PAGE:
Those left behind have their interesting points. The two daughters are continuing the combative relationship they had as kids, while repeating many of their parents’ experiences with under-employment, parenthood, addictive behavior, etc. It seems sister Jackie was brought back mostly to serve as Roseanne’s liberal counterpoint, since her backstory from the original series has been ignored so far. DJ, the son, has an inter-racial marriage to a military spouse, which seems to have dramatic potential. Dan’s dry-wall business is still going, barely; his use of immigrant labor has come up as a topical issue. But none of this is as interesting as Roseanne herself. I wanted to learn what became of her in the long run. Would she evolve back to someone more sane, believable, and admirable? Given her volatility in the past, anything would have been possible.

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5 thoughts on “If Roseanne Were A Novelist

  1. Don’t mix Roseanne the character with the real person by that name – and you might have had interesting story lines The real one is locked into a single complicated battle with herself; the TV one could be kept in line by writers.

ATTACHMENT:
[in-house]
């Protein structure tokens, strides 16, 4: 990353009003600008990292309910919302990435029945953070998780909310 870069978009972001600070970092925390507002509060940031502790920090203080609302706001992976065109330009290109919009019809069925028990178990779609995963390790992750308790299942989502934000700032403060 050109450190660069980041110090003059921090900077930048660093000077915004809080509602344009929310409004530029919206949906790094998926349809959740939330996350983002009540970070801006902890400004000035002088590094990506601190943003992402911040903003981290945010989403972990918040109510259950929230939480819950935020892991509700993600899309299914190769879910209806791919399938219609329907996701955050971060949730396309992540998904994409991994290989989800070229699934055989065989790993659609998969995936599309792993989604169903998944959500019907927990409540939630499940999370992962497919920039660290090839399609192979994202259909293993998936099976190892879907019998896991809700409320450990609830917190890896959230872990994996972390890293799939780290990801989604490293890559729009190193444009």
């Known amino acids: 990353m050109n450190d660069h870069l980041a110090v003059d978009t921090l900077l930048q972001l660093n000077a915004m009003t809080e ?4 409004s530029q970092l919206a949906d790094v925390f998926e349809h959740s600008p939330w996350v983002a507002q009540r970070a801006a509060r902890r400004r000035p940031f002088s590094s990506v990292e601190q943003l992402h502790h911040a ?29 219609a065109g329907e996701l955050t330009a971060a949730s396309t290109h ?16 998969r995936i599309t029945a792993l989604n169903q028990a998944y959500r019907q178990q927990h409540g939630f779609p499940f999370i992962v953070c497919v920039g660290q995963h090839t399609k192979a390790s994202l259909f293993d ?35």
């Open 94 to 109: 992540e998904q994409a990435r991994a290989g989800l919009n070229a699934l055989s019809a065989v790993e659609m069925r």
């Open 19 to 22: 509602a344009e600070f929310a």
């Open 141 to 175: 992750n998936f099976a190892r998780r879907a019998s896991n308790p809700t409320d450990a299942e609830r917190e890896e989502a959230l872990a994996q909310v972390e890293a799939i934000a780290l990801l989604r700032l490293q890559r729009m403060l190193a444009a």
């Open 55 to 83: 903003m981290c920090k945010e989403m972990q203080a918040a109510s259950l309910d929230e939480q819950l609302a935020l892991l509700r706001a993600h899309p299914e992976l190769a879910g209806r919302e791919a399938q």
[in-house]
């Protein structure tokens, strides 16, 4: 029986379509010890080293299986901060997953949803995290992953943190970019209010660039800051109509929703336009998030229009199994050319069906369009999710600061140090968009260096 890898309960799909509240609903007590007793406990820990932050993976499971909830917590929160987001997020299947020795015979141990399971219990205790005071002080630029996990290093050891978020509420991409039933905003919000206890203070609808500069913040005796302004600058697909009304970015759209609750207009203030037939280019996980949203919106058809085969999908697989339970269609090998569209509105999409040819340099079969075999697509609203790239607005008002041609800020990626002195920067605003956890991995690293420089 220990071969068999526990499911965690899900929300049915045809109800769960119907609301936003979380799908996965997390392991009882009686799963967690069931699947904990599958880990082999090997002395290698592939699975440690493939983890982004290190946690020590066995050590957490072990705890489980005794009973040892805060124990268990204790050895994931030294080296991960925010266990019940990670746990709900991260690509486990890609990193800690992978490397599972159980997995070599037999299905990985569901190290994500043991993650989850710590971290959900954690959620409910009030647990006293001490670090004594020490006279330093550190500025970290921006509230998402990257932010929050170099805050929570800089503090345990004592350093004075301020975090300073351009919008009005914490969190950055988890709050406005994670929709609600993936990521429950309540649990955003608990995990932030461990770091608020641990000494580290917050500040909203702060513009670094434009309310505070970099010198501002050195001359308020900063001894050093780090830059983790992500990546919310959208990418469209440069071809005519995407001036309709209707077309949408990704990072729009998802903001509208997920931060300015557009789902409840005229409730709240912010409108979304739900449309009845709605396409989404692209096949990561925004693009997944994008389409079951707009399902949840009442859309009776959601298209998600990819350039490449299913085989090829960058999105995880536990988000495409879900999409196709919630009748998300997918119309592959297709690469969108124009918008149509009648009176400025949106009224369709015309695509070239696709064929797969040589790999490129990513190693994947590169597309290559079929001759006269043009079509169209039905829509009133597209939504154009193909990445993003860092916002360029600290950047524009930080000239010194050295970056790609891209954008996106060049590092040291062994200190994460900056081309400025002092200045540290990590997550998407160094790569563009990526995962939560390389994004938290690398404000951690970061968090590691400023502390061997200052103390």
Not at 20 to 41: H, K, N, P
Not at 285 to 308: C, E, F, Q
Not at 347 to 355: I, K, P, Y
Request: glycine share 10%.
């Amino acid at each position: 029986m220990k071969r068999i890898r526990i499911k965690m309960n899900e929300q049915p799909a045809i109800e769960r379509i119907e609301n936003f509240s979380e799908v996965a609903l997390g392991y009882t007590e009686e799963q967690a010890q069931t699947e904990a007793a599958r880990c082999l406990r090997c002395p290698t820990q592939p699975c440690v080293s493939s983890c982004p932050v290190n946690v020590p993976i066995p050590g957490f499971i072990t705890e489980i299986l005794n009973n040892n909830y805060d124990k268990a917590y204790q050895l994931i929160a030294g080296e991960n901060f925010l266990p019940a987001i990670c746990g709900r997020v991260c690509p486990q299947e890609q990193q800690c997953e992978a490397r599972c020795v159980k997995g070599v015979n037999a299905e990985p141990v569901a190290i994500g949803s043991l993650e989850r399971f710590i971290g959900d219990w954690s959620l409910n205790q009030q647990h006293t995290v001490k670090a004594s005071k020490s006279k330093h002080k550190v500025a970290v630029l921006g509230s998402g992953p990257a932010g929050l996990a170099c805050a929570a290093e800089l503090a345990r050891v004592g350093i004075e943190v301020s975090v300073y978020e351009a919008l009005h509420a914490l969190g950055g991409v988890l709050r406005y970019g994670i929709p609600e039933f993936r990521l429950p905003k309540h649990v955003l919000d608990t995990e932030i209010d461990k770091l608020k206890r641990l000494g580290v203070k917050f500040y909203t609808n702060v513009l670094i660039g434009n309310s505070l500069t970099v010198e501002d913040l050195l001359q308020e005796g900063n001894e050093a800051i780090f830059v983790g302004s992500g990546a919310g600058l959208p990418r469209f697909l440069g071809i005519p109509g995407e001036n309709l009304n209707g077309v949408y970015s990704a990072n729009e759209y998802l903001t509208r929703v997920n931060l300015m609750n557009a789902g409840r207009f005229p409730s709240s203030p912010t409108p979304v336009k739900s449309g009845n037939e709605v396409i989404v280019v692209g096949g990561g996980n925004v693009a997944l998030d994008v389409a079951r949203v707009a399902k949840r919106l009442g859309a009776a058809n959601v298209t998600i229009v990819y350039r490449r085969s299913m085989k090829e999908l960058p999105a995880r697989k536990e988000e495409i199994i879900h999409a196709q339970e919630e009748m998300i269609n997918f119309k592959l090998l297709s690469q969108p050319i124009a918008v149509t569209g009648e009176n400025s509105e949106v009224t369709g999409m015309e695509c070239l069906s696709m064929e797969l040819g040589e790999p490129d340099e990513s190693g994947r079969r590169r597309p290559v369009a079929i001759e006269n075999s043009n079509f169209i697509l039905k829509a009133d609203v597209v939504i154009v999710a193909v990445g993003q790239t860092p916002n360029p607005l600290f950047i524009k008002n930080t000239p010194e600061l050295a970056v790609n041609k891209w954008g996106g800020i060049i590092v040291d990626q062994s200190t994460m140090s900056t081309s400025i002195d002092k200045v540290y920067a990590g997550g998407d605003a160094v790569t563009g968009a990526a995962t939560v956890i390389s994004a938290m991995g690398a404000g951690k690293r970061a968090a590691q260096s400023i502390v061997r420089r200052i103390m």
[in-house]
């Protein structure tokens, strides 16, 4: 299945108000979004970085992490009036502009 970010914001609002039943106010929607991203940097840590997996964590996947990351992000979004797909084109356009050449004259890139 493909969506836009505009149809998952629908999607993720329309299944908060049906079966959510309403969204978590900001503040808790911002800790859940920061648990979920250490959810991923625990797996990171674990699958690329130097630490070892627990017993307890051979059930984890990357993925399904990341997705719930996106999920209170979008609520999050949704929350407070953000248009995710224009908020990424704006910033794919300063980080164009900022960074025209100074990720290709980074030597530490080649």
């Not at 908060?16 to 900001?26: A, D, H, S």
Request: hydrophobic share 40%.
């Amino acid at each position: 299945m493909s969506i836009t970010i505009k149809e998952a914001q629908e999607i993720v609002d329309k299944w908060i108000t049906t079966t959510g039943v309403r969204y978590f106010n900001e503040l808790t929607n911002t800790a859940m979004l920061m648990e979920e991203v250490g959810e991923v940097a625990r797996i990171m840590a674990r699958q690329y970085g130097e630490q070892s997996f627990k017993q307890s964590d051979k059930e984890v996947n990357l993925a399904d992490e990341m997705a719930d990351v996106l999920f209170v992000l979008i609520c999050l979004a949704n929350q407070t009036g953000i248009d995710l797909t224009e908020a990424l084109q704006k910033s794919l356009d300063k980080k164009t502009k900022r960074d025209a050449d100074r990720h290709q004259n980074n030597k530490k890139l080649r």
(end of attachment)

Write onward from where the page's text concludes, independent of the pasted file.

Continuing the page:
I don’t know how much more we’ll watch, but the Jackie character is way too far out – and seems overacted, which is odd as Laurie Metcalf has such potential. The directors pushing her?

    I like that they kept BJ – he was too young to have the best part in the beginning, but the sisters seem too strident.

    Oh, well – all things have a natural length, and TV, with its writers coming and going, doesn’t help.

    Sometimes I’m happy Firefly stopped with the Serenity movie. No one can mess with its quirky legacy.

    1. I guess it was Roseanne’s own choice, once she acquired power, to equate the character with herself. Writing good fiction, as I’m sure you’ll agree, requires standing outside our characters so that we can portray them objectively. Otherwise, we’re writing autobiography.

      I agree that DJ currently presents one of the more intriguing story lines. Jackie doesn’t seem to have any depth or real purpose, since up until now they haven’t dealt with her backstory.